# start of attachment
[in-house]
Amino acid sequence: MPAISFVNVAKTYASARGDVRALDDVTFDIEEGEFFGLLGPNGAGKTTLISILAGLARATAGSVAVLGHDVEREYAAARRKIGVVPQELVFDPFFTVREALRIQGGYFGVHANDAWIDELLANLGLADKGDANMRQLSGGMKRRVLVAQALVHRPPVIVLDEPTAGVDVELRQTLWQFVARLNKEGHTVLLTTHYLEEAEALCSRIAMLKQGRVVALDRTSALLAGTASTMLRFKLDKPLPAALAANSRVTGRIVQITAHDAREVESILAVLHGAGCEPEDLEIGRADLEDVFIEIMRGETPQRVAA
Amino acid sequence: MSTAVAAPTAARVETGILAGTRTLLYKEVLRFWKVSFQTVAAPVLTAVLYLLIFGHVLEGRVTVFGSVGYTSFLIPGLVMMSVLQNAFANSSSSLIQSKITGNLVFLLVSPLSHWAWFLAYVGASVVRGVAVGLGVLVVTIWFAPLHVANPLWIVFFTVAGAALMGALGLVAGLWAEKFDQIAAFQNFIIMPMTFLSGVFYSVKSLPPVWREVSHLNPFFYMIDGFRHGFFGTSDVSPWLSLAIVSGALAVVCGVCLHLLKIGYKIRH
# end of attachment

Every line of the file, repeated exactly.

[in-house]
Amino acid sequence: MPAISFVNVAKTYASARGDVRALDDVTFDIEEGEFFGLLGPNGAGKTTLISILAGLARATAGSVAVLGHDVEREYAAARRKIGVVPQELVFDPFFTVREALRIQGGYFGVHANDAWIDELLANLGLADKGDANMRQLSGGMKRRVLVAQALVHRPPVIVLDEPTAGVDVELRQTLWQFVARLNKEGHTVLLTTHYLEEAEALCSRIAMLKQGRVVALDRTSALLAGTASTMLRFKLDKPLPAALAANSRVTGRIVQITAHDAREVESILAVLHGAGCEPEDLEIGRADLEDVFIEIMRGETPQRVAA
Amino acid sequence: MSTAVAAPTAARVETGILAGTRTLLYKEVLRFWKVSFQTVAAPVLTAVLYLLIFGHVLEGRVTVFGSVGYTSFLIPGLVMMSVLQNAFANSSSSLIQSKITGNLVFLLVSPLSHWAWFLAYVGASVVRGVAVGLGVLVVTIWFAPLHVANPLWIVFFTVAGAALMGALGLVAGLWAEKFDQIAAFQNFIIMPMTFLSGVFYSVKSLPPVWREVSHLNPFFYMIDGFRHGFFGTSDVSPWLSLAIVSGALAVVCGVCLHLLKIGYKIRH